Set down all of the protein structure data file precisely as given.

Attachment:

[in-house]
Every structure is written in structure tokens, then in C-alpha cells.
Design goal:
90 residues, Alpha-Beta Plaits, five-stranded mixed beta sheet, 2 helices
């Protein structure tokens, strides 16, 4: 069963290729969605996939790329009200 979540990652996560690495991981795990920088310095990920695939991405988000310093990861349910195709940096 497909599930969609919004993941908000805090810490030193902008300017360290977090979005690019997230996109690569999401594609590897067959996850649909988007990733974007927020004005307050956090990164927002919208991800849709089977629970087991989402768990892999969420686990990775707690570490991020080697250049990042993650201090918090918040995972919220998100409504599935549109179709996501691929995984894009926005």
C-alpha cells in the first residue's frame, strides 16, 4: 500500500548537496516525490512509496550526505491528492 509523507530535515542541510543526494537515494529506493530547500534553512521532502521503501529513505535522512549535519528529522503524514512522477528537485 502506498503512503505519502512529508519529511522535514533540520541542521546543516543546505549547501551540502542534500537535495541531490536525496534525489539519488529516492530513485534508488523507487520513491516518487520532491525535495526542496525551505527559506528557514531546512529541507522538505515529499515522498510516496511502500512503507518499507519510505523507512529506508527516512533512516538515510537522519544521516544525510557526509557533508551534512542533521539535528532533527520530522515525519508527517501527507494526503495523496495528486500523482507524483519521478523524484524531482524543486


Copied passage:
[in-house]
Every structure is written in structure tokens, then in C-alpha cells.
Design goal:
90 residues, Alpha-Beta Plaits, five-stranded mixed beta sheet, 2 helices
């Protein structure tokens, strides 16, 4: 069963290729969605996939790329009200 979540990652996560690495991981795990920088310095990920695939991405988000310093990861349910195709940096 497909599930969609919004993941908000805090810490030193902008300017360290977090979005690019997230996109690569999401594609590897067959996850649909988007990733974007927020004005307050956090990164927002919208991800849709089977629970087991989402768990892999969420686990990775707690570490991020080697250049990042993650201090918090918040995972919220998100409504599935549109179709996501691929995984894009926005």
C-alpha cells in the first residue's frame, strides 16, 4: 500500500548537496516525490512509496550526505491528492 509523507530535515542541510543526494537515494529506493530547500534553512521532502521503501529513505535522512549535519528529522503524514512522477528537485 502506498503512503505519502512529508519529511522535514533540520541542521546543516543546505549547501551540502542534500537535495541531490536525496534525489539519488529516492530513485534508488523507487520513491516518487520532491525535495526542496525551505527559506528557514531546512529541507522538505515529499515522498510516496511502500512503507518499507519510505523507512529506508527516512533512516538515510537522519544521516544525510557526509557533508551534512542533521539535528532533527520530522515525519508527517501527507494526503495523496495528486500523482507524483519521478523524484524531482524543486